Kulbhushan Jadhav case: India, Pak hold many  ‘spies’ in each other’s custody
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Kulbhushan Jadhav case: India, Pak hold many ‘spies’ in each other’s custody

More than 30 Pakistanis were found to be lodged in Indian prisons – either convicted on charges of spying or facing trial—as per a 2015 list

india Updated: Apr 16, 2017 07:44 IST
Rajesh Ahuja/Jayanth Jacob
Rajesh Ahuja/Jayanth Jacob
Hindustan Times, New Delhi
Kulbhushan Jadhav,Kulbhushan Jadhav death sentence,Indian spies
People protest against Kulbhushan Jadhav’s conviction in Pakistan, in Mumbai.(Vijayanand Gupta/HT Photo)

Former naval officer Kulbhushan Jadhav is not the only Indian in Pakistan’s custody on charges of spying. There are 13 others lodged in Pakistan jails, facing similar charges.

More than 30 Pakistanis too were found to be lodged in Indian prisons – either convicted on charges of spying or facing trial — as per a 2015 list.

Jadhav is also not the only Indian to whom Pakistan has denied consular access.

The neighbouring country earlier refused consular access to Hamid Nehal Ansari, a 27-year-old management teacher from Mumbai, who went to Pakistan in search of a woman he fell in love on Facebook.

He disappeared after reaching Kohat near Peshawar. Later, during a court hearing in Pakistan, it transpired Ansari is in the custody of Pakistani intelligence agencies.

In all there are 208 Indians in Pakistani jail. Among them 174 are fishermen.

“Among the civilian prisoners, 13 are facing espionage charges,” said a government source.

India and Pakistan started exchanging list of nationals of each country lodged in other country’s jails following an agreement on consular access signed in 2008.

Under the agreement, twice every year -- on January 1 and July 1 -- both the countries exchange the lists of prisoners (civil as well as fishermen) through diplomatic channels simultaneously at New Delhi and Islamabad.

Despite a chill in relations between the two countries, the last exchange of lists took place on January 1 this year.

At the time of last such exchange, the ministry of external affairs had said India remained committed to addressing with Pakistan on priority the humanitarian matters, including those pertaining to prisoners and fishermen in each other’s country.

(From left) Sunil, David and Daniel Mashi -- three men who were jailed in Pakistan for espionage.

“In this context, we await from Pakistan confirmation of nationality of those in India’s custody who are otherwise eligible for release and repatriation. We also await consular access to those Indian nationals in Pakistan’s custody for whom it has so far not been provided including Hamid Nehal Ansari and Kulbhushan Jadhav,” said an Indian external affairs ministry’s statement during the exchange of list.

Of the Pakistani nationals facing trial or undergoing sentence on the charges of spying in India, many have served their sentence but can’t be deported as Pakistan refuses to accept them as its citizens.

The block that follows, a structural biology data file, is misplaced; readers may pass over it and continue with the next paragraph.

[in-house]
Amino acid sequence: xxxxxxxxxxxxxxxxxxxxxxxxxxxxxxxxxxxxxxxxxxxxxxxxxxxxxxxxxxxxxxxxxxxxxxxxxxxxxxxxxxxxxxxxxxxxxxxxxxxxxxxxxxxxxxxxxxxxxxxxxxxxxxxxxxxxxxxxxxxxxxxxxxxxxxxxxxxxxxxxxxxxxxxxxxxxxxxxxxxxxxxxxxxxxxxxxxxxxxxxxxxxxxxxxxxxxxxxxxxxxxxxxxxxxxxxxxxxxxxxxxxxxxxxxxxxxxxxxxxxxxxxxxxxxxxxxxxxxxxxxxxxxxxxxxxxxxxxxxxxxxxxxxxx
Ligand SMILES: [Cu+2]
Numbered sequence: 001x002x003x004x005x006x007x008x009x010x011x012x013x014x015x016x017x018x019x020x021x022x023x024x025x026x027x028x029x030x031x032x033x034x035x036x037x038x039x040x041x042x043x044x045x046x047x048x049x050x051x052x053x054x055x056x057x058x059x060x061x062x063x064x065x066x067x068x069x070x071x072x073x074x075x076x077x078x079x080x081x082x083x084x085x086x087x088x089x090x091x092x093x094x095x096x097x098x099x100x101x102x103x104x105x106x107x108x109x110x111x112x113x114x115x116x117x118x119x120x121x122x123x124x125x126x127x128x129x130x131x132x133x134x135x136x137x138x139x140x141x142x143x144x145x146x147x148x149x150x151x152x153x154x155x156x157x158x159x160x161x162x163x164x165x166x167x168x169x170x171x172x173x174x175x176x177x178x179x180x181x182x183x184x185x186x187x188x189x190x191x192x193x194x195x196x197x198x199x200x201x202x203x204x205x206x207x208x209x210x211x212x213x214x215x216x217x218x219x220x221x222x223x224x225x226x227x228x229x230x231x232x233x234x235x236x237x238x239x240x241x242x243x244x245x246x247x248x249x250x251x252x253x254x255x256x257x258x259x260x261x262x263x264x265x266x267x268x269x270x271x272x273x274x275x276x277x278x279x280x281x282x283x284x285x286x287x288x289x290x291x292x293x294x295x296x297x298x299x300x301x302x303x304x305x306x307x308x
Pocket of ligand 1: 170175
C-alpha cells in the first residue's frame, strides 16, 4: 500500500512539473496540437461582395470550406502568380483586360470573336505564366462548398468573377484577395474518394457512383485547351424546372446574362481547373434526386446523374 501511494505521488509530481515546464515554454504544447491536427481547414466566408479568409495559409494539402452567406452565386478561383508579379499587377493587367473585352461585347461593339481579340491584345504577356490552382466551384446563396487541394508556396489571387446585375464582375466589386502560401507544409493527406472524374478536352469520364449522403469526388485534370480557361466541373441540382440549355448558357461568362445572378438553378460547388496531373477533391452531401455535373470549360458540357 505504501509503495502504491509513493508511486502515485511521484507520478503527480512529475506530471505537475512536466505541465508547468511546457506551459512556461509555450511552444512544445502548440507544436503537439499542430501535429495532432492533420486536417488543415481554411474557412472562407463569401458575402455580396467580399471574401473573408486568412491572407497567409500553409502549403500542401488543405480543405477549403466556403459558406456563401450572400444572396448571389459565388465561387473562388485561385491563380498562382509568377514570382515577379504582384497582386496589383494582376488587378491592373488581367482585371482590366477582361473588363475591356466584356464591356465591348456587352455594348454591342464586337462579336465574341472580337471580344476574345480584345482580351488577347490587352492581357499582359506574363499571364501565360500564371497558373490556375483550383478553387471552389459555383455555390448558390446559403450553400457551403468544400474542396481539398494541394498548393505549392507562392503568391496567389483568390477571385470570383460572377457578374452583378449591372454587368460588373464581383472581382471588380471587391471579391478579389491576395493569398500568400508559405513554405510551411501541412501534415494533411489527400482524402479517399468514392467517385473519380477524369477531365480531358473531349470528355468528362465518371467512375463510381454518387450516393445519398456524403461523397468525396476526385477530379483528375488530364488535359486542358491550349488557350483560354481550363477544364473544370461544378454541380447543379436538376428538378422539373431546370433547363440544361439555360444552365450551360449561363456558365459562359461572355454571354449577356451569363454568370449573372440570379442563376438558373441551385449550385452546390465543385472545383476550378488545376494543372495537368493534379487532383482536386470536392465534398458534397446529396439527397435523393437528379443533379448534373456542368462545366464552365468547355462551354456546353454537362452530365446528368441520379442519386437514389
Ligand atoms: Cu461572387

Sajeed Muneer, for instance, spent about 12 years in Indian jail for espionage before being released on June 5 last year. Pakistan does not acknowledge him as its national and hasn’t responded to India’s request to take him back. For the past 10 months, Bhopal police are taking care of his daily needs at a safe location.

Masood Akhtar, another Pakistani national accused of being an ISI agent, was sentenced to 14 years of rigorous imprisonment in 2003. He was due for release but is still lodged in Ambala central jail. Jail officials say till the time they don’t get communication for his deportation from the ministry of foreign affairs, he will not be released.

The district magistrate issues orders every month for the extension of his imprisonment.

Activists of an Indo-Pak peace initiative,’ Aaghaz-e-Dosti’ had accessed both the lists that were exchanged on July 1, 2015 through Right to Information Act in India.

The list had names of 251 Pak prisoners lodged in Indian jails. HT reviewed the charges against them and found that 31 among them were lodged either on the charges of collecting secret information or violation of Official Secrets Act.

Professor Bhim Singh, a patron of the National Panthers Party, has been fighting for release of those Pakistani prisoners who have completed their sentence and eligible for release.

“I filed a petition in the Supreme Court in 2005 and hearing is still on in the matter. Following the litigation, on the directions of the top court, more than 500 Pakistani prisoners have been released,” Singh told HT.

Singh is approaching the Pakistani Supreme Court for providing legal aide to Jadhav.

India was about to release around a dozen Pakistani prisoners but following the announcement of death sentence to Kulbhushan Jadhav by a Pakistani military court, it has decided to put on hold the release.

(With inputs from Vivek Gupta from Ambala and Ranjan from Bhopal)

First Published: Apr 16, 2017 06:58 IST